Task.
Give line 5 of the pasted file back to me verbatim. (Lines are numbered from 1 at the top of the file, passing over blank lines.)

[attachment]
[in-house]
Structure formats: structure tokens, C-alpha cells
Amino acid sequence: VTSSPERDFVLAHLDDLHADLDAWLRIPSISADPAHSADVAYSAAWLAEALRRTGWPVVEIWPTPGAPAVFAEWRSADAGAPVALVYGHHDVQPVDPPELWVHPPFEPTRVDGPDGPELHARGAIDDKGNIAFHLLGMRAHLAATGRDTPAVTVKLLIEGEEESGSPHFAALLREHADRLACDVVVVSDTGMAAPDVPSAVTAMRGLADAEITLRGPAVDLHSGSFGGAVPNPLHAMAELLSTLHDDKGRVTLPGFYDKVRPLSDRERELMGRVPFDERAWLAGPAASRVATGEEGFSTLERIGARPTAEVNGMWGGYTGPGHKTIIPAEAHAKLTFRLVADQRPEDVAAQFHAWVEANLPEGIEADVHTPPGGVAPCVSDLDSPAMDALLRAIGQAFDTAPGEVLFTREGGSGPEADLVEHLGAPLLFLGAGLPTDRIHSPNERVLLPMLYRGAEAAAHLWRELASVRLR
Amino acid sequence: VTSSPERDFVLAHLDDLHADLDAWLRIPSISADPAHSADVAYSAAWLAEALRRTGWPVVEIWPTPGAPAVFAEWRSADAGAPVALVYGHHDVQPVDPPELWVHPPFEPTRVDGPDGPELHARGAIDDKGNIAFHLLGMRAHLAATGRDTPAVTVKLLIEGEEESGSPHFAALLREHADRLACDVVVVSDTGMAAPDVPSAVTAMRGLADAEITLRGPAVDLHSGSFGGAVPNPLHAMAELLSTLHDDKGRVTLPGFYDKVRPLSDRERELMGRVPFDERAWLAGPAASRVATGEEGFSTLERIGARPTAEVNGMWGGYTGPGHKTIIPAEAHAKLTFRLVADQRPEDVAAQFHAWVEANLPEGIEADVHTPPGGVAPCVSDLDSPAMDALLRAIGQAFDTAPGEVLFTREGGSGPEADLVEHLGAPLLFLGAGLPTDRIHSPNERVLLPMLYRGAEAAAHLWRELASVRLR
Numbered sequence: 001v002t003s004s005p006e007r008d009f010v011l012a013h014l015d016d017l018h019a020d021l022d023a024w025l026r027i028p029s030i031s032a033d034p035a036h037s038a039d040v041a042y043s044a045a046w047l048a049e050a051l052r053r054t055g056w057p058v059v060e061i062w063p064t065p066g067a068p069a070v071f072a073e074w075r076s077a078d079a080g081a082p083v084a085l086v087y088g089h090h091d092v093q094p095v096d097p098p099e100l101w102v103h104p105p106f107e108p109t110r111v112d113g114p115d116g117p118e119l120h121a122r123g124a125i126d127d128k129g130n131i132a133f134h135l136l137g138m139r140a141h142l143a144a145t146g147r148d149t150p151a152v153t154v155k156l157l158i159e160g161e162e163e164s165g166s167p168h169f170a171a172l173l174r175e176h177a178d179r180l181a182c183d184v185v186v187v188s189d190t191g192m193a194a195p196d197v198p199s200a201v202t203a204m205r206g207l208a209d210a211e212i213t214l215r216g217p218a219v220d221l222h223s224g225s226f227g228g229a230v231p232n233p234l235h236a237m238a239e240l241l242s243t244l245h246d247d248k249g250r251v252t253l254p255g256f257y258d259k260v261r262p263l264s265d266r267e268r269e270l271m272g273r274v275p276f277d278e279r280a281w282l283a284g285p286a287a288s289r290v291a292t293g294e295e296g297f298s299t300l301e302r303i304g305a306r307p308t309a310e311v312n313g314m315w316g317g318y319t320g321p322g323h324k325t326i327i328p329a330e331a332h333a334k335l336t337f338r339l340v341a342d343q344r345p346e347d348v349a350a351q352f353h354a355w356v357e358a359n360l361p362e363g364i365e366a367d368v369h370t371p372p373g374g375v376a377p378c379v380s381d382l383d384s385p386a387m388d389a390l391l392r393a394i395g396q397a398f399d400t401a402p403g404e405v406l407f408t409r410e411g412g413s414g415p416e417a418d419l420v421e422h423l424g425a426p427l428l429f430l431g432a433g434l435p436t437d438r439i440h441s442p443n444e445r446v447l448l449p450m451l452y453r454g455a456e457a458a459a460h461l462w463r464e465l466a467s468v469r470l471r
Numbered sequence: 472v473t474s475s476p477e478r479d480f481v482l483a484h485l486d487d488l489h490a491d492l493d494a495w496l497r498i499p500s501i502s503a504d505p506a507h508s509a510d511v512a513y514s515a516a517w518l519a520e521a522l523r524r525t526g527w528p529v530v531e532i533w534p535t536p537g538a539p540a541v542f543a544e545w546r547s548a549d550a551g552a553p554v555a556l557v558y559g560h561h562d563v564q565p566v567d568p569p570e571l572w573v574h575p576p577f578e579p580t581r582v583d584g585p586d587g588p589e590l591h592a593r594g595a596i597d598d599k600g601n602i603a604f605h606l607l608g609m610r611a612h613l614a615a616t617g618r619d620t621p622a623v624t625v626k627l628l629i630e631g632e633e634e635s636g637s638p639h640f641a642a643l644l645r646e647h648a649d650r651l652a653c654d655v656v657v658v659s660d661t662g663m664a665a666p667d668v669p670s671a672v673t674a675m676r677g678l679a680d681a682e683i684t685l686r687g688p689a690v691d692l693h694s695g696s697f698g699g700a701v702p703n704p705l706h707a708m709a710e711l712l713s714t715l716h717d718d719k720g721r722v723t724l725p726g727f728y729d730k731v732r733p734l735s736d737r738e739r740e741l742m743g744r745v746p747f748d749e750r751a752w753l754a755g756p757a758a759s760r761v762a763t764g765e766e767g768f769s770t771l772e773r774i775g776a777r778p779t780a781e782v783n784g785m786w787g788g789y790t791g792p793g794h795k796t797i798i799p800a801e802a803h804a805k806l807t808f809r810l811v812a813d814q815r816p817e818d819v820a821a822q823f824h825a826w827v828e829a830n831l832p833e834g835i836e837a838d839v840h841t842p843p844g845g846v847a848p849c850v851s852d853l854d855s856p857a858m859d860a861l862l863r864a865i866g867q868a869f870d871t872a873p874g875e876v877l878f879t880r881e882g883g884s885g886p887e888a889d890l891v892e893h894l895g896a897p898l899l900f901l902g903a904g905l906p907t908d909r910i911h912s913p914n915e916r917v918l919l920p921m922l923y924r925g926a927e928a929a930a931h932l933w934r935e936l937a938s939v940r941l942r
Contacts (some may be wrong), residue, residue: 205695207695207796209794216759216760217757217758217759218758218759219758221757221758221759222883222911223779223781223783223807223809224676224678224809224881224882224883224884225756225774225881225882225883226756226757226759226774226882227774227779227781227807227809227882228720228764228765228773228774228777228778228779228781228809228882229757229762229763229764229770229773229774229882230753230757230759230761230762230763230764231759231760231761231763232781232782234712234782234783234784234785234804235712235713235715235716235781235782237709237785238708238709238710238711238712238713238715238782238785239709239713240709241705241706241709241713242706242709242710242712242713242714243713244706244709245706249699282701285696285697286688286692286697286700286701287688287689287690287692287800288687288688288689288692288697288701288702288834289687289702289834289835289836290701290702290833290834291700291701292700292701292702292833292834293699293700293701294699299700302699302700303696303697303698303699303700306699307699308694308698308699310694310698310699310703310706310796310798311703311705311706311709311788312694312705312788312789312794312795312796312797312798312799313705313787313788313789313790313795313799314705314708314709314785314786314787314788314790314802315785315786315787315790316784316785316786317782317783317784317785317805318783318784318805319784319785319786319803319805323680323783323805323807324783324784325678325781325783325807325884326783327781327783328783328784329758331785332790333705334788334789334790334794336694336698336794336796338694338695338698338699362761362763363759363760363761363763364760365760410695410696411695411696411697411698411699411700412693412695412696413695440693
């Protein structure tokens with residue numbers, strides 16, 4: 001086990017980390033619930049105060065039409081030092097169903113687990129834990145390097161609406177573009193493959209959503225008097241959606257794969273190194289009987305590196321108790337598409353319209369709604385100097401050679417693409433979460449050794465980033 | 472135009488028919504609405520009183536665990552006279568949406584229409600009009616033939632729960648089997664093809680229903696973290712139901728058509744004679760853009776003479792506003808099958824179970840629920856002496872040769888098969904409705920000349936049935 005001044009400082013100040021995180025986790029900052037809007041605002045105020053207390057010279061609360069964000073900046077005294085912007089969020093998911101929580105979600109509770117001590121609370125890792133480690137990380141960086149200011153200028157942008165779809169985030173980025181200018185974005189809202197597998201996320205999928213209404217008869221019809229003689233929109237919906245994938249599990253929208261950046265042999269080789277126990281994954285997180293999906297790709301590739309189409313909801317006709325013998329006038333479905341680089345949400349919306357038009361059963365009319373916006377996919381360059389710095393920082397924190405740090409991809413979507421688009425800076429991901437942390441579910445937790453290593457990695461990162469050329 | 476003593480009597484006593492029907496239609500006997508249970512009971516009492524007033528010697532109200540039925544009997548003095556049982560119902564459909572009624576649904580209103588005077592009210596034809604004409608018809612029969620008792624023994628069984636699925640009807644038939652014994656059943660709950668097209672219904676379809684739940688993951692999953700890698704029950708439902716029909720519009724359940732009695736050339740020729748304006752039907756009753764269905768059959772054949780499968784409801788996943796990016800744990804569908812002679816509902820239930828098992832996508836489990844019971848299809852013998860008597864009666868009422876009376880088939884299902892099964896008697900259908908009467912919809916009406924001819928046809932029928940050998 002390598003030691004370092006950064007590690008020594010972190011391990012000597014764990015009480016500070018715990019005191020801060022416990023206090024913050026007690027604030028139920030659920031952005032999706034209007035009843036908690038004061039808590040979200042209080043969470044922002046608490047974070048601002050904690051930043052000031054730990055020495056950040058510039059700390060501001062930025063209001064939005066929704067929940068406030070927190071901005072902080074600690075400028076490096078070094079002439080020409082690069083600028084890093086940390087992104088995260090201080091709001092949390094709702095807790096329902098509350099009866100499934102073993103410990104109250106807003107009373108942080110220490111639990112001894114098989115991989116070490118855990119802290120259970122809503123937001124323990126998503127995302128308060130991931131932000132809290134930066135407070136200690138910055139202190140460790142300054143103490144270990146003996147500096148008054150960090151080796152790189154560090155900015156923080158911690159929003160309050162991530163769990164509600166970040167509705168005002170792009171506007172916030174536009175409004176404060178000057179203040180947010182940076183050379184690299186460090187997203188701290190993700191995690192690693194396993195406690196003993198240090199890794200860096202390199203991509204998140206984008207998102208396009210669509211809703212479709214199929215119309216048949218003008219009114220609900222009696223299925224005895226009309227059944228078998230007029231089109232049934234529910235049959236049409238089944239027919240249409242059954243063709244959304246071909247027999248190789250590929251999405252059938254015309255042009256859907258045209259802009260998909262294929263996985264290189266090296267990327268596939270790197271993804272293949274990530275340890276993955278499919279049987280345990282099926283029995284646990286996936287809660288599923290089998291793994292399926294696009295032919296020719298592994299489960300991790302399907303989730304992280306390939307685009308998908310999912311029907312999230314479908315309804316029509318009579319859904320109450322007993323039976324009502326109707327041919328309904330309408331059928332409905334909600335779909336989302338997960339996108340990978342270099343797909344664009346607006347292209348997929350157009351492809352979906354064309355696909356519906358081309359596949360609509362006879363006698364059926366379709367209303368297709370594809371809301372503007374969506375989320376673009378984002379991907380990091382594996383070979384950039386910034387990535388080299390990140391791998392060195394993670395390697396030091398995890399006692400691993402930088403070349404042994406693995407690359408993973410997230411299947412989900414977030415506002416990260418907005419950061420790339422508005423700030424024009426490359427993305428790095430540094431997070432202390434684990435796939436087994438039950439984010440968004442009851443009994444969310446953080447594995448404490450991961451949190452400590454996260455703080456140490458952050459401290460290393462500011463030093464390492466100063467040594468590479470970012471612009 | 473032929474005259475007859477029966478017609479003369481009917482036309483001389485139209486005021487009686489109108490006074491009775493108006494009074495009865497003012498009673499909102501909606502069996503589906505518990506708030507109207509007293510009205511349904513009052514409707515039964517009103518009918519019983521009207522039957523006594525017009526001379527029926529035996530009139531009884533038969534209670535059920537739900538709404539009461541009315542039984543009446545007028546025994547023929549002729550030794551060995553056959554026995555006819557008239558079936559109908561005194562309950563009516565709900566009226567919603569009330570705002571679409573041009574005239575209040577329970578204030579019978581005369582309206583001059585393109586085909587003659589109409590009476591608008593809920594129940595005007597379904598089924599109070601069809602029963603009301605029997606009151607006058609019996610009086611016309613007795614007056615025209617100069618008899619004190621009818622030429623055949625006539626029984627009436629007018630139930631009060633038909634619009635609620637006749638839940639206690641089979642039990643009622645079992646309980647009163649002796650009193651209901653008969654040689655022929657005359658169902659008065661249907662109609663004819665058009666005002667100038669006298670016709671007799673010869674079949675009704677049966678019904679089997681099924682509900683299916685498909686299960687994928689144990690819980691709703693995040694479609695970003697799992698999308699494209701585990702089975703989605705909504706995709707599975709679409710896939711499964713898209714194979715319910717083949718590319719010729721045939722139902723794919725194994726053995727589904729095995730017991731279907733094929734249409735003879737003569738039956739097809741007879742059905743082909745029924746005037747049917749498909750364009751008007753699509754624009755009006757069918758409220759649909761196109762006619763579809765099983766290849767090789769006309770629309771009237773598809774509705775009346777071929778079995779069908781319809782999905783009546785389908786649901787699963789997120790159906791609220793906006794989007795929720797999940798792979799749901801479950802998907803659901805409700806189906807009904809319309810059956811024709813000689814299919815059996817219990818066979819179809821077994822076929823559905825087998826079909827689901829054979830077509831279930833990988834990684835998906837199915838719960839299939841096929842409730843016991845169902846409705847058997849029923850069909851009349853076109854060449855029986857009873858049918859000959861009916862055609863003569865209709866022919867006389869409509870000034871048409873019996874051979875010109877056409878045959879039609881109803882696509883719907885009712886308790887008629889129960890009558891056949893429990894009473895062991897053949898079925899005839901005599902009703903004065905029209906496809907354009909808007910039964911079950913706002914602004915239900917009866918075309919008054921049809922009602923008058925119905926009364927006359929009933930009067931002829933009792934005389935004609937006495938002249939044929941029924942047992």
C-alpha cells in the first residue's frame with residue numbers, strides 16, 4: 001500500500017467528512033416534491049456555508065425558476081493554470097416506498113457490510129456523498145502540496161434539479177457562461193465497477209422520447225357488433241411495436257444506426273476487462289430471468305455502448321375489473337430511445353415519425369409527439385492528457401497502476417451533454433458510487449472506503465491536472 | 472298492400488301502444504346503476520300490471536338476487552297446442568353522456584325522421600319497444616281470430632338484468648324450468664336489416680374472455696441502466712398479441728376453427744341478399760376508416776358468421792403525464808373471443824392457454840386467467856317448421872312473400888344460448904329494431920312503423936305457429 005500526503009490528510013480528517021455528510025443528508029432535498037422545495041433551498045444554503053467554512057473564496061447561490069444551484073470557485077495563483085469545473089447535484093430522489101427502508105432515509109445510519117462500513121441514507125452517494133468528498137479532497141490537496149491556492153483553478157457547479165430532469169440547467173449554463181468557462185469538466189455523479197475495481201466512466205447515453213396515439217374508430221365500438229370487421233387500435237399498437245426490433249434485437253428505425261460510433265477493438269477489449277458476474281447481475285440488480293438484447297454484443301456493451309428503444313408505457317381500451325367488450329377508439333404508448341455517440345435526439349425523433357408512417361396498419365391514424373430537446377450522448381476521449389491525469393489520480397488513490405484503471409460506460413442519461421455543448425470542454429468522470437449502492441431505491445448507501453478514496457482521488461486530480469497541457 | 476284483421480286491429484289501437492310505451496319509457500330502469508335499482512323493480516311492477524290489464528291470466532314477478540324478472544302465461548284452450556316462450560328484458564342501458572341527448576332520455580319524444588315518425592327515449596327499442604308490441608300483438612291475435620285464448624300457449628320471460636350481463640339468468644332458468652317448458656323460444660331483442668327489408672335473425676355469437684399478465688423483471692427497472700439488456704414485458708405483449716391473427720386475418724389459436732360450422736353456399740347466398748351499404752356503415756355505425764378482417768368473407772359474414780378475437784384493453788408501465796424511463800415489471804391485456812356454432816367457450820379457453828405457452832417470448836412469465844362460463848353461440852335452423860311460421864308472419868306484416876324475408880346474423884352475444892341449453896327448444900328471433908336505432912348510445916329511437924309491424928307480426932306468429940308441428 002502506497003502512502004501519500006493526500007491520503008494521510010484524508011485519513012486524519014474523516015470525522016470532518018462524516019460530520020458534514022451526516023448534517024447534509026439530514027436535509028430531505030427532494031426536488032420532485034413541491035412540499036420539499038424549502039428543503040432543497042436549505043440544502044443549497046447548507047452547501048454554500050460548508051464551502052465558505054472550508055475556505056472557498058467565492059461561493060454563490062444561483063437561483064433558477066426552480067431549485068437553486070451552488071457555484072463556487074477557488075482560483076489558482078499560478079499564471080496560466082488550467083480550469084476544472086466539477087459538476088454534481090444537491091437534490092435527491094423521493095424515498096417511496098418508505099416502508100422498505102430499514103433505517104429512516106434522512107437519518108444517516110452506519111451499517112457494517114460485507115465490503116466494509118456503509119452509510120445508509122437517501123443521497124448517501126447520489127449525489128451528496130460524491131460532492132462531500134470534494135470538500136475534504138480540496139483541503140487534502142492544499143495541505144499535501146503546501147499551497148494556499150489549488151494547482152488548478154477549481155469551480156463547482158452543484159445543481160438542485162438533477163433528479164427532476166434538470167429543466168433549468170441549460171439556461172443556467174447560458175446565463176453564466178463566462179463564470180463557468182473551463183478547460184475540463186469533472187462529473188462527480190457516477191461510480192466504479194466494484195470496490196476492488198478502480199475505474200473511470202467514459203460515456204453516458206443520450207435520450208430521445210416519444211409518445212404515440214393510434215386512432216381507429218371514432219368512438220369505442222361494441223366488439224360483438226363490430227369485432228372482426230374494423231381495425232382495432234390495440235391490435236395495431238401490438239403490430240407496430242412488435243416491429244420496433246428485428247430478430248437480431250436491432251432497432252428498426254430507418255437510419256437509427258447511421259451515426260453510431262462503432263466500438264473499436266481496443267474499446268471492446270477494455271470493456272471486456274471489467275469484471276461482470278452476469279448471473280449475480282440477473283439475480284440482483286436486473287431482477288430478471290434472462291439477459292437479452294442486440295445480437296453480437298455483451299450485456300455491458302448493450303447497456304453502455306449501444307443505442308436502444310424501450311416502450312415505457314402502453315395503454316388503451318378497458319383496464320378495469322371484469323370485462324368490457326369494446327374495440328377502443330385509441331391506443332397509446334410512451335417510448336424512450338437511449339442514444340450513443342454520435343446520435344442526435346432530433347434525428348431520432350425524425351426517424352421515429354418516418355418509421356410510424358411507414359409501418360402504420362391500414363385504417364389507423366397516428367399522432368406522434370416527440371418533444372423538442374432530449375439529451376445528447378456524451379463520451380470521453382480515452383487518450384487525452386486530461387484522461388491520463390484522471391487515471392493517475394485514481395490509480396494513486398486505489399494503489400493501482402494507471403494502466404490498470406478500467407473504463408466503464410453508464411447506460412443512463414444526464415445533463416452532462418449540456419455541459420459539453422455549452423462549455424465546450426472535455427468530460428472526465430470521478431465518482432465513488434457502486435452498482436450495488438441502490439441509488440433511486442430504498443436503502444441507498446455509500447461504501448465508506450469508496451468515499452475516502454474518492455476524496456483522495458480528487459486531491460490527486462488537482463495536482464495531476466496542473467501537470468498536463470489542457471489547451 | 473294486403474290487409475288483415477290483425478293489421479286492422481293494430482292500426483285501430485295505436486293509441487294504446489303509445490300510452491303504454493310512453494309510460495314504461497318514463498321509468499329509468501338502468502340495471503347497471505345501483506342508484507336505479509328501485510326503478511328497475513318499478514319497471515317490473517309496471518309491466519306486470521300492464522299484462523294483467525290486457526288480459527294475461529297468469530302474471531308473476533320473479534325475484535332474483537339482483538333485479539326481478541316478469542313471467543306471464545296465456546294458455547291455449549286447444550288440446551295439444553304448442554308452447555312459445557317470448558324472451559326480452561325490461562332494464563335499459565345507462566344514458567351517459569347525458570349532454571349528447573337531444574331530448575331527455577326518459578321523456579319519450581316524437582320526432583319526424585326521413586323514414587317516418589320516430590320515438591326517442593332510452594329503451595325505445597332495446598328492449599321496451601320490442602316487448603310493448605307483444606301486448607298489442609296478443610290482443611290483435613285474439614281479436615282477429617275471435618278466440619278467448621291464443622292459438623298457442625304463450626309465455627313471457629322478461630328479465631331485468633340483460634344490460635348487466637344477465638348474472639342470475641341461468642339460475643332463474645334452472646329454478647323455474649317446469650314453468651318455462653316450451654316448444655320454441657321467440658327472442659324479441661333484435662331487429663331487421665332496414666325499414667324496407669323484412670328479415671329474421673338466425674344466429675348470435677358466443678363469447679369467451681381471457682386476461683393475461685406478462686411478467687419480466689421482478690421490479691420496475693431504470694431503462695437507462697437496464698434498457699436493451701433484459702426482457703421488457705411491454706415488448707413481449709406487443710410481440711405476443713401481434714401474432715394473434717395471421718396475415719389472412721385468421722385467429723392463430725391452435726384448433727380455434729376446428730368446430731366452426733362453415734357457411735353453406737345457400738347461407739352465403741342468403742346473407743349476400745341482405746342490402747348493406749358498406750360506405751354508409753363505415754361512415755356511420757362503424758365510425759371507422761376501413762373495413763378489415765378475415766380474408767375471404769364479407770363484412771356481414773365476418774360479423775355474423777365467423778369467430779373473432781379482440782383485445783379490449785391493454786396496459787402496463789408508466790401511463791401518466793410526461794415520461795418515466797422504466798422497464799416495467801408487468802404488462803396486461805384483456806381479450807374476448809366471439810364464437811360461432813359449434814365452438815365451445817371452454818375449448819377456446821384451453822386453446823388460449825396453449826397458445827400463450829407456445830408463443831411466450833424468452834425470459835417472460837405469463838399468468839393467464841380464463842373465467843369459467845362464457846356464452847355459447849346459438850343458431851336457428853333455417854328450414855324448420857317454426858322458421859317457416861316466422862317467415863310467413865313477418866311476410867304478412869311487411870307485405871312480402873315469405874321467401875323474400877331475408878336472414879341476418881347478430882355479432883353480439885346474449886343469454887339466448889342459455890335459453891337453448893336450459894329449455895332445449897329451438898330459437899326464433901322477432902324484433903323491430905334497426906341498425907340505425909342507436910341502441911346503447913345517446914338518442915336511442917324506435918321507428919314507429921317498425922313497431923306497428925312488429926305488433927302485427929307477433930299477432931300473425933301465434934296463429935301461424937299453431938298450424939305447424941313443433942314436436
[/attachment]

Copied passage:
Numbered sequence: 001v002t003s004s005p006e007r008d009f010v011l012a013h014l015d016d017l018h019a020d021l022d023a024w025l026r027i028p029s030i031s032a033d034p035a036h037s038a039d040v041a042y043s044a045a046w047l048a049e050a051l052r053r054t055g056w057p058v059v060e061i062w063p064t065p066g067a068p069a070v071f072a073e074w075r076s077a078d079a080g081a082p083v084a085l086v087y088g089h090h091d092v093q094p095v096d097p098p099e100l101w102v103h104p105p106f107e108p109t110r111v112d113g114p115d116g117p118e119l120h121a122r123g124a125i126d127d128k129g130n131i132a133f134h135l136l137g138m139r140a141h142l143a144a145t146g147r148d149t150p151a152v153t154v155k156l157l158i159e160g161e162e163e164s165g166s167p168h169f170a171a172l173l174r175e176h177a178d179r180l181a182c183d184v185v186v187v188s189d190t191g192m193a194a195p196d197v198p199s200a201v202t203a204m205r206g207l208a209d210a211e212i213t214l215r216g217p218a219v220d221l222h223s224g225s226f227g228g229a230v231p232n233p234l235h236a237m238a239e240l241l242s243t244l245h246d247d248k249g250r251v252t253l254p255g256f257y258d259k260v261r262p263l264s265d266r267e268r269e270l271m272g273r274v275p276f277d278e279r280a281w282l283a284g285p286a287a288s289r290v291a292t293g294e295e296g297f298s299t300l301e302r303i304g305a306r307p308t309a310e311v312n313g314m315w316g317g318y319t320g321p322g323h324k325t326i327i328p329a330e331a332h333a334k335l336t337f338r339l340v341a342d343q344r345p346e347d348v349a350a351q352f353h354a355w356v357e358a359n360l361p362e363g364i365e366a367d368v369h370t371p372p373g374g375v376a377p378c379v380s381d382l383d384s385p386a387m388d389a390l391l392r393a394i395g396q397a398f399d400t401a402p403g404e405v406l407f408t409r410e411g412g413s414g415p416e417a418d419l420v421e422h423l424g425a426p427l428l429f430l431g432a433g434l435p436t437d438r439i440h441s442p443n444e445r446v447l448l449p450m451l452y453r454g455a456e457a458a459a460h461l462w463r464e465l466a467s468v469r470l471r